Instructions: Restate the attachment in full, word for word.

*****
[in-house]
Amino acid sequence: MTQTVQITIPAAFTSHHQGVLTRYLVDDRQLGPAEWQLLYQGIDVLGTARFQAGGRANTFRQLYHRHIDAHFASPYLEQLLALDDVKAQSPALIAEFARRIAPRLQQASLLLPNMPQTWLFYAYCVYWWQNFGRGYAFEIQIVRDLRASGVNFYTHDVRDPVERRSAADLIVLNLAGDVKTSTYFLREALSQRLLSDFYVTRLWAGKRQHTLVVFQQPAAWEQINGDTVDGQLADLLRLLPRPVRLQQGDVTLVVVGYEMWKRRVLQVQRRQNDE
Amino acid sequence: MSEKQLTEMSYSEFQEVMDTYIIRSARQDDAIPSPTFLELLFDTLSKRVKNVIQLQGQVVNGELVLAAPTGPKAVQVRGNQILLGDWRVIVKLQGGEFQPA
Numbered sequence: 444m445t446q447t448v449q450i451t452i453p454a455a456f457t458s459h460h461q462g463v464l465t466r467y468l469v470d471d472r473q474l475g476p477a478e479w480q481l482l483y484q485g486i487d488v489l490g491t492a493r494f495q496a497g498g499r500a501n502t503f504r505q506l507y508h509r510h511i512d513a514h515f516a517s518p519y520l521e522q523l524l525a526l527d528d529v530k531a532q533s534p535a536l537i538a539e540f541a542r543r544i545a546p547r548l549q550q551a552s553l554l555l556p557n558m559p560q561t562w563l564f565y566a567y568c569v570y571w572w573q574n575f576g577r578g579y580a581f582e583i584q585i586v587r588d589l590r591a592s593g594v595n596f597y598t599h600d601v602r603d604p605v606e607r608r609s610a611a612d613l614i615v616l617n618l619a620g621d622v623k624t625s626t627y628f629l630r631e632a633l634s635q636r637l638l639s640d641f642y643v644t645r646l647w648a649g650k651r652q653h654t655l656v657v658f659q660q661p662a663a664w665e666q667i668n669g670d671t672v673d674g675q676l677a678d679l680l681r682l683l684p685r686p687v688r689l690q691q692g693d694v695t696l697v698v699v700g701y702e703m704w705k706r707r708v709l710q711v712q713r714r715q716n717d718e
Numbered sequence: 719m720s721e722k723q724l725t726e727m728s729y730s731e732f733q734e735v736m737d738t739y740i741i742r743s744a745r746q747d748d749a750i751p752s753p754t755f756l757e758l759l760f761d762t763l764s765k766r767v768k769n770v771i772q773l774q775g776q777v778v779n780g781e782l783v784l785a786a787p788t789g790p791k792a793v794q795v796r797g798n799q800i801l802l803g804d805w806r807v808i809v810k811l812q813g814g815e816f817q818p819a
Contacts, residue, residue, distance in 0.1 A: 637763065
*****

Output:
[in-house]
Amino acid sequence: MTQTVQITIPAAFTSHHQGVLTRYLVDDRQLGPAEWQLLYQGIDVLGTARFQAGGRANTFRQLYHRHIDAHFASPYLEQLLALDDVKAQSPALIAEFARRIAPRLQQASLLLPNMPQTWLFYAYCVYWWQNFGRGYAFEIQIVRDLRASGVNFYTHDVRDPVERRSAADLIVLNLAGDVKTSTYFLREALSQRLLSDFYVTRLWAGKRQHTLVVFQQPAAWEQINGDTVDGQLADLLRLLPRPVRLQQGDVTLVVVGYEMWKRRVLQVQRRQNDE
Amino acid sequence: MSEKQLTEMSYSEFQEVMDTYIIRSARQDDAIPSPTFLELLFDTLSKRVKNVIQLQGQVVNGELVLAAPTGPKAVQVRGNQILLGDWRVIVKLQGGEFQPA
Numbered sequence: 444m445t446q447t448v449q450i451t452i453p454a455a456f457t458s459h460h461q462g463v464l465t466r467y468l469v470d471d472r473q474l475g476p477a478e479w480q481l482l483y484q485g486i487d488v489l490g491t492a493r494f495q496a497g498g499r500a501n502t503f504r505q506l507y508h509r510h511i512d513a514h515f516a517s518p519y520l521e522q523l524l525a526l527d528d529v530k531a532q533s534p535a536l537i538a539e540f541a542r543r544i545a546p547r548l549q550q551a552s553l554l555l556p557n558m559p560q561t562w563l564f565y566a567y568c569v570y571w572w573q574n575f576g577r578g579y580a581f582e583i584q585i586v587r588d589l590r591a592s593g594v595n596f597y598t599h600d601v602r603d604p605v606e607r608r609s610a611a612d613l614i615v616l617n618l619a620g621d622v623k624t625s626t627y628f629l630r631e632a633l634s635q636r637l638l639s640d641f642y643v644t645r646l647w648a649g650k651r652q653h654t655l656v657v658f659q660q661p662a663a664w665e666q667i668n669g670d671t672v673d674g675q676l677a678d679l680l681r682l683l684p685r686p687v688r689l690q691q692g693d694v695t696l697v698v699v700g701y702e703m704w705k706r707r708v709l710q711v712q713r714r715q716n717d718e
Numbered sequence: 719m720s721e722k723q724l725t726e727m728s729y730s731e732f733q734e735v736m737d738t739y740i741i742r743s744a745r746q747d748d749a750i751p752s753p754t755f756l757e758l759l760f761d762t763l764s765k766r767v768k769n770v771i772q773l774q775g776q777v778v779n780g781e782l783v784l785a786a787p788t789g790p791k792a793v794q795v796r797g798n799q800i801l802l803g804d805w806r807v808i809v810k811l812q813g814g815e816f817q818p819a
Contacts, residue, residue, distance in 0.1 A: 637763065